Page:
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SpaceX Zuma Launch: What went up, but what came down?

On Sunday SpaceX launched Zuma, a super secret, we-can-tell-you-but-then-we-have-to-kill-you military satellite built by Northrop Grumman. It was the most important, most expensive military satellite that we know nothing about…except that it may, or may not have made it into orbit, it may or may not have separated from the second stage booster, it may or may not have burned up as it came back down into the atmosphere, and it may or may not have come down in the Indian Ocean.

Like two boys standing in the backyard after a window has been broken, SpaceX yelled, “We didn’t do it!,” and Northrop Grumman is looking down, kicking the dirt and saying, “We’re not gonna say anything.” It feels like the 1960’s and the Soviets are running our space program. 

What We Have Here is a Failure to Communicate

This is why private business has no place in space. Private business is incapable of telling the truth to the public and they are hiding behind the skirt of the military hoping no one will notice that there is no state secret about whether a satellite made it into orbit or not.

The United States Government has to be an adult. If they send a rocket up and it fails, they have to tell us what happened. Private business, like the 1960 Soviet space program, believes that the public only needs to know about how great they are, and anything negative is to be a secret.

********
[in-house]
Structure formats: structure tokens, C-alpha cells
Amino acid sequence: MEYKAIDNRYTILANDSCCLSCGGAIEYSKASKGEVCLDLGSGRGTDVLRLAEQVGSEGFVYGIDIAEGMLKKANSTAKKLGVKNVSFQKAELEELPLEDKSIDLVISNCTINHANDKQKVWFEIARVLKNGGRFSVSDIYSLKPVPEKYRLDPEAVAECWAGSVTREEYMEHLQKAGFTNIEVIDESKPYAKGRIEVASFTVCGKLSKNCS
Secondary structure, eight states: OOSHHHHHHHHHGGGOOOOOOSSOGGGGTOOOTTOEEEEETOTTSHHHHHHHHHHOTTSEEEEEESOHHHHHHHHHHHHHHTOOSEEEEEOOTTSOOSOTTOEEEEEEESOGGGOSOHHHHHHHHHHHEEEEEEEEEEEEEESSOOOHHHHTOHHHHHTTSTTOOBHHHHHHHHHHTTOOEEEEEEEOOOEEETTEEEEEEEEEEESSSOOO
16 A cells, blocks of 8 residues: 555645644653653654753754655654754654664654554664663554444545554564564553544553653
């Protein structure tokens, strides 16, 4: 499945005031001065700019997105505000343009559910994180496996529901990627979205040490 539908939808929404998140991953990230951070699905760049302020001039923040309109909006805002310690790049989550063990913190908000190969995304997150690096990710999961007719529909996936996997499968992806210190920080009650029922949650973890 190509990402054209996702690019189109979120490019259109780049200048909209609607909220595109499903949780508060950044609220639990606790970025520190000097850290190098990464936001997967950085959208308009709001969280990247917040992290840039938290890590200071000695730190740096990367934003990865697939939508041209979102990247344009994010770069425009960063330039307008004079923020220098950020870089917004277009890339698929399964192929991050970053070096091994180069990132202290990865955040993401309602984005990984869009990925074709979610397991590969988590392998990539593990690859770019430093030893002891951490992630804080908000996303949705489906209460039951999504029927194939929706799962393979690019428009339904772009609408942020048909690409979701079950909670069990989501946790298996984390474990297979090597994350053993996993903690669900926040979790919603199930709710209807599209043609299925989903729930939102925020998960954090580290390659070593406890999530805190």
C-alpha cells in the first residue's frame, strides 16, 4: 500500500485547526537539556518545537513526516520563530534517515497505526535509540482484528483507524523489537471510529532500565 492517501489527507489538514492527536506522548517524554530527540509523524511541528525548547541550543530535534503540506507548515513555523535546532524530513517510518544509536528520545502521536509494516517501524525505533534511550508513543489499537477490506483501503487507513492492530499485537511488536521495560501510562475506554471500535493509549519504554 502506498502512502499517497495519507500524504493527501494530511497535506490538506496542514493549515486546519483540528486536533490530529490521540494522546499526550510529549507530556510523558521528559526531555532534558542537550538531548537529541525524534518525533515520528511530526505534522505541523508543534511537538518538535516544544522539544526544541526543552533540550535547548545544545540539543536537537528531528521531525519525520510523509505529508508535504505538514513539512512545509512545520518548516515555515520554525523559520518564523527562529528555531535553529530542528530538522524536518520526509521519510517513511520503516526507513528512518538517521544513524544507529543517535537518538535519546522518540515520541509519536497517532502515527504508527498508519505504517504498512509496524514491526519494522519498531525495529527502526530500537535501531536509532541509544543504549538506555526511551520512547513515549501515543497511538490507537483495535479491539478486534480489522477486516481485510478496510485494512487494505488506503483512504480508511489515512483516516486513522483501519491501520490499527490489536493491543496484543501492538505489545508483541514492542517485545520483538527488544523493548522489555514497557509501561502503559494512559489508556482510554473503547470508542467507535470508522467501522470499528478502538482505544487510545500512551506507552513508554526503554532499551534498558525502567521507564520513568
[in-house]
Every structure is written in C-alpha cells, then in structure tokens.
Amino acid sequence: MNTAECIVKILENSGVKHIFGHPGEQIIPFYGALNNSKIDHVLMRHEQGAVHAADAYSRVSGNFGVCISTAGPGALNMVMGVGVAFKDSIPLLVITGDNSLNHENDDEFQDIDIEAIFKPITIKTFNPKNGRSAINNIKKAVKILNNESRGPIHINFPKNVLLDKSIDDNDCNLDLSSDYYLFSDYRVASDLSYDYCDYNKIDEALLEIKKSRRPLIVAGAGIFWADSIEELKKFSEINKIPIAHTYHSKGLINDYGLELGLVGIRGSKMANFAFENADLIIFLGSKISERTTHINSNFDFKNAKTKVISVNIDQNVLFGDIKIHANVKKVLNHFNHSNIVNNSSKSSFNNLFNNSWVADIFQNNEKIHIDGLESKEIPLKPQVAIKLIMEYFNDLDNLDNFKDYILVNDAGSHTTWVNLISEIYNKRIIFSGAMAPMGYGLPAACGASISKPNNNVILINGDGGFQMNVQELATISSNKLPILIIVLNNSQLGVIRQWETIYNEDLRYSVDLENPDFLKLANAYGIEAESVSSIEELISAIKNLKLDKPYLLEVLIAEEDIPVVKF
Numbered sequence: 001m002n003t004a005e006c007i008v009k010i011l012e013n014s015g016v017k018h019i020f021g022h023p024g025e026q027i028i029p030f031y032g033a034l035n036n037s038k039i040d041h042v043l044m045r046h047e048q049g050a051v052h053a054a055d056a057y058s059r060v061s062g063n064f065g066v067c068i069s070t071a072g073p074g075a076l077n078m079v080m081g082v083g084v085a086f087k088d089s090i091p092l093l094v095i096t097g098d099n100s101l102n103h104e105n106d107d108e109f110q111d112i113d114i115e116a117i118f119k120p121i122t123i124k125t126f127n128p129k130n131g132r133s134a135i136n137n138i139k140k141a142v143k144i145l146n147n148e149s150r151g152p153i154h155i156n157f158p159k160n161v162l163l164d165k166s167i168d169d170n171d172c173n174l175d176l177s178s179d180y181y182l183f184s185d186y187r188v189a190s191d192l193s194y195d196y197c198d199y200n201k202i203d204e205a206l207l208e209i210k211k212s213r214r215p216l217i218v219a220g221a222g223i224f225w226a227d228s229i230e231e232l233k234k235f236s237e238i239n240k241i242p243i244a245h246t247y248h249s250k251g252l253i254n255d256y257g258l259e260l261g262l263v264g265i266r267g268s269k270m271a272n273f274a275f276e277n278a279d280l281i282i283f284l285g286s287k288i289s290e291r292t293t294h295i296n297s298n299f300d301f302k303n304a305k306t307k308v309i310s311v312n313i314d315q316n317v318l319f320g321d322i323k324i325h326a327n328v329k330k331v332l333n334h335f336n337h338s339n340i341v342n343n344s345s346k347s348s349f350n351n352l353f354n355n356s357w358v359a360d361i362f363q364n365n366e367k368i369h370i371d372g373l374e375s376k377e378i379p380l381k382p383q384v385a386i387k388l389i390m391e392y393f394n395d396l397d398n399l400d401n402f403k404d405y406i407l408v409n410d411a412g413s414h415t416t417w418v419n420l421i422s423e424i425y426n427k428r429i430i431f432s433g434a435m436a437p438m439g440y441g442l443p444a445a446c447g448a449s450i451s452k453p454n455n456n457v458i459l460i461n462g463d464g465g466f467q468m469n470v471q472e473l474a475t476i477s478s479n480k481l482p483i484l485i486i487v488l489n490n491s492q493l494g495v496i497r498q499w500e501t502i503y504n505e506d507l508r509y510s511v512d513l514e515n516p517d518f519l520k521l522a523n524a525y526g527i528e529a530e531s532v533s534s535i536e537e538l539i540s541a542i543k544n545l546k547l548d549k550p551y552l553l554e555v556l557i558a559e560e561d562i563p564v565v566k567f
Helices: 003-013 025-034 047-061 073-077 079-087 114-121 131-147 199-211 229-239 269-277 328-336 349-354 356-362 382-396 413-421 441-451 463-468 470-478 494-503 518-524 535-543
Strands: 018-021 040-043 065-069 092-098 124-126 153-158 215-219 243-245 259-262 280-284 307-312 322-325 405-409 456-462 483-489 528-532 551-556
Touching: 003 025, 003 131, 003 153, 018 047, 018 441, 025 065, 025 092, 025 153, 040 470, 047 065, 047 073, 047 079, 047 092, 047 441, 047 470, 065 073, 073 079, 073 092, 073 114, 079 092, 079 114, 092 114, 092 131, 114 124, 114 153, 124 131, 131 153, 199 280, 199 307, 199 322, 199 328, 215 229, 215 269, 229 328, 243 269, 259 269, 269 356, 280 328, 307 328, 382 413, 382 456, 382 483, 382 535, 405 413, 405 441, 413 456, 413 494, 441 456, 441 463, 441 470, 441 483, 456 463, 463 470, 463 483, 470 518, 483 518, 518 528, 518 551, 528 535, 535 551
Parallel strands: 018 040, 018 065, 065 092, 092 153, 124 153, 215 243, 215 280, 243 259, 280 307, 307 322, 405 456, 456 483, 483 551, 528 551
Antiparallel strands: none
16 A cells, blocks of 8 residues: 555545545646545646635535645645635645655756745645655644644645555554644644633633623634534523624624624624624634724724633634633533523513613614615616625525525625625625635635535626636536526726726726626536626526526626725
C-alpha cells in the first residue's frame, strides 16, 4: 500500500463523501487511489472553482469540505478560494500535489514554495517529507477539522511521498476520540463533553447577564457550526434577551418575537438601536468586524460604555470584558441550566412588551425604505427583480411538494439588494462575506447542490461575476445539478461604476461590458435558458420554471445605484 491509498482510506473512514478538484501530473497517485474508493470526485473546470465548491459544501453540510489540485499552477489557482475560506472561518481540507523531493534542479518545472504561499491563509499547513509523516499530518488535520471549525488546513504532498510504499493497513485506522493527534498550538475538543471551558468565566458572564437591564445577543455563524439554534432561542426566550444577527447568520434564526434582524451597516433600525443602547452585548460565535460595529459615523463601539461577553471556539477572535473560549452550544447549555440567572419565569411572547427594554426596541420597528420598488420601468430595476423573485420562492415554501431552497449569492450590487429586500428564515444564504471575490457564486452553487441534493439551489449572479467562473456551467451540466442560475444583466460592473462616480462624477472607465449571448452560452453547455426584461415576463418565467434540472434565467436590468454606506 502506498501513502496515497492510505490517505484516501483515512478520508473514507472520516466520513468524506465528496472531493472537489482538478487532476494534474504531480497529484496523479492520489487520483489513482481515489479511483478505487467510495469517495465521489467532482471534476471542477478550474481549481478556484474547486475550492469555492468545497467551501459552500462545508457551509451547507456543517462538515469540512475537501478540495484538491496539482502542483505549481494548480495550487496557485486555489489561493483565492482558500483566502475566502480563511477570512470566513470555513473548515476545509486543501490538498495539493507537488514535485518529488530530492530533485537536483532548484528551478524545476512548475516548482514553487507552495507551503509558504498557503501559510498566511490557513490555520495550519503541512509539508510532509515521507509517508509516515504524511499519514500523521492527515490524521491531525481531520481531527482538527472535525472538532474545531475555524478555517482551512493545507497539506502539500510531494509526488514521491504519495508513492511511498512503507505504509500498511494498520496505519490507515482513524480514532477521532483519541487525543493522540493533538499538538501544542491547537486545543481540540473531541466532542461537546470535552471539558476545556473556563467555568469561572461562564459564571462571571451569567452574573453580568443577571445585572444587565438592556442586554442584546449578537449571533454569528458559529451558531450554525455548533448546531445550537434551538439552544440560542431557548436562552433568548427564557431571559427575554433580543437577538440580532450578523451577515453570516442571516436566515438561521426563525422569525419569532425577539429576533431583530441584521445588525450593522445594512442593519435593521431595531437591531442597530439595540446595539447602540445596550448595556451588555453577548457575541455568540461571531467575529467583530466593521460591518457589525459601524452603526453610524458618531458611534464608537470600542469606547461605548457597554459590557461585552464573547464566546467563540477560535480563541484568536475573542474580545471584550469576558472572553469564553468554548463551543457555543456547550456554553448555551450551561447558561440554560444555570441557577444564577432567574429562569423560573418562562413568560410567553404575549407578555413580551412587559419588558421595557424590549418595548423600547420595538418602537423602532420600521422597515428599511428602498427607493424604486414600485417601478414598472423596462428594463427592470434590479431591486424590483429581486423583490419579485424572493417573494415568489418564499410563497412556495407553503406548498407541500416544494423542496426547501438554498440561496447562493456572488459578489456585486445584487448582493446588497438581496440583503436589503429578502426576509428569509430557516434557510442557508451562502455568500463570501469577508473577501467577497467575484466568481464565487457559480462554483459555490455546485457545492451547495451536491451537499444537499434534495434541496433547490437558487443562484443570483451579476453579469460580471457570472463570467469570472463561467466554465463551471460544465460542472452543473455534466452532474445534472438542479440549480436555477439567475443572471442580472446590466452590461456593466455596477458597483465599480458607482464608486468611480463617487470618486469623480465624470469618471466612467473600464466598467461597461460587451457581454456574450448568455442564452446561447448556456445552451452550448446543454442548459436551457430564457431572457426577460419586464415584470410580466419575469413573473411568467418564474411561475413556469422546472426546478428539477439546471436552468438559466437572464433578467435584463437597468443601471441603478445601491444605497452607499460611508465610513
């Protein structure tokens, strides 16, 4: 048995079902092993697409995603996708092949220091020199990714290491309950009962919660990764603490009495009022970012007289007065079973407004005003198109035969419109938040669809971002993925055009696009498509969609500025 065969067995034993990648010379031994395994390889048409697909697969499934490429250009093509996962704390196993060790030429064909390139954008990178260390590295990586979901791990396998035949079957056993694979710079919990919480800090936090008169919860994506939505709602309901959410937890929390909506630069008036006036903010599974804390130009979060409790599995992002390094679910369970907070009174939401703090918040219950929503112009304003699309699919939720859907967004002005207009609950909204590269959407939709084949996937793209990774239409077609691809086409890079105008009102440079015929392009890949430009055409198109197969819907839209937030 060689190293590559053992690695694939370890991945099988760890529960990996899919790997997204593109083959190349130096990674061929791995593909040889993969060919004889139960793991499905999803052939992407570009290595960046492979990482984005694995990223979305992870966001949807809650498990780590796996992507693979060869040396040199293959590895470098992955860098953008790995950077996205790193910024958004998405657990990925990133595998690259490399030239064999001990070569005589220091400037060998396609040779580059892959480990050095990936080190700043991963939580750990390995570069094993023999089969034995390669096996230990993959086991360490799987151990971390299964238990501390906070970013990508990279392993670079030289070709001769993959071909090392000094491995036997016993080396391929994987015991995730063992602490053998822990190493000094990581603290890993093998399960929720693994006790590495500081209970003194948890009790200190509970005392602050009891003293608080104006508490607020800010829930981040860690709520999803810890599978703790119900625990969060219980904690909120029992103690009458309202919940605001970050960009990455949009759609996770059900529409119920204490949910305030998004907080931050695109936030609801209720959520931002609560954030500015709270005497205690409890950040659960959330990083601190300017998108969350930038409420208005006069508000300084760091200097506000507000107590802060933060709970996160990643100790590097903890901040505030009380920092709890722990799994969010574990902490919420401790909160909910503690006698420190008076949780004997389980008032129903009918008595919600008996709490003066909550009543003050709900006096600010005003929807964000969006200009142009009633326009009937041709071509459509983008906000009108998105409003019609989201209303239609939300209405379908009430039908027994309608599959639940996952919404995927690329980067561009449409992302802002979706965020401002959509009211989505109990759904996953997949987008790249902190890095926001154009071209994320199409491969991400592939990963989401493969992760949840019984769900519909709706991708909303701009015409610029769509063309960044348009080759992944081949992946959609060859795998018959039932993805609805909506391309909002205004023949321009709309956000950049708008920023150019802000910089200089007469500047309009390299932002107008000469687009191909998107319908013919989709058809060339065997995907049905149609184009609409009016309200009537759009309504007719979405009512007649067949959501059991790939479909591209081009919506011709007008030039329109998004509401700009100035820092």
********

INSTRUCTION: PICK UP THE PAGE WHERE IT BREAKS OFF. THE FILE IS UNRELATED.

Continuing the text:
In the absence of the truth we can only assume that both SpaceX and Northrop Grumman are at fault and no more taxpayer money should be spent until they both can act like adults.

(SEE:  CBS article with full SpaceX Zuma launch video)

(SEE: Independent YouTube video of SpaceX Zuma launch)

The Zuma Fairing Mystery?

During the Zuma launch, the SpaceX announcer pauses his commentary for ninety seconds after saying the fairing would deploy (eject) “…any second now..” He then came back on and switched topics, then finally confirmed the fairing deployment. Why the long pause?

  • T+0:50 seconds (50 seconds after liftoff) – A SpaceX announcer begins a live and nearly continuous commentary regarding upcoming events with the Falcon 9 rocket, pausing only for those events to be confirmed by SpaceX control.
  • T+2:03 – SpaceX announcer pauses as four events related to second stage separation are about to begin.
  • T+3:06 – SpaceX announcer resumes commentary and confirms a successful second stage separation, and explains at T+3:15 that fairing separation “…should occur any second now” (ejection of protective nose shell around satellite.) He continues on to say that he will confirm the fairing separation after it occurs.
  • T+3:26 – SpaceX announcer begins a pause that lasts for one minute and thirty seconds.
  • T+4:57 – SpaceX announcer says, “Alright, so we’ll address the fairing deployment in a second once we have more information, but for now we’re going to shift our transition back to our secondary mission…”
  • T+5:17 – SpaceX announcer says, “…ah, quick sidebar here that we did get confirmation that the fairings did deploy.”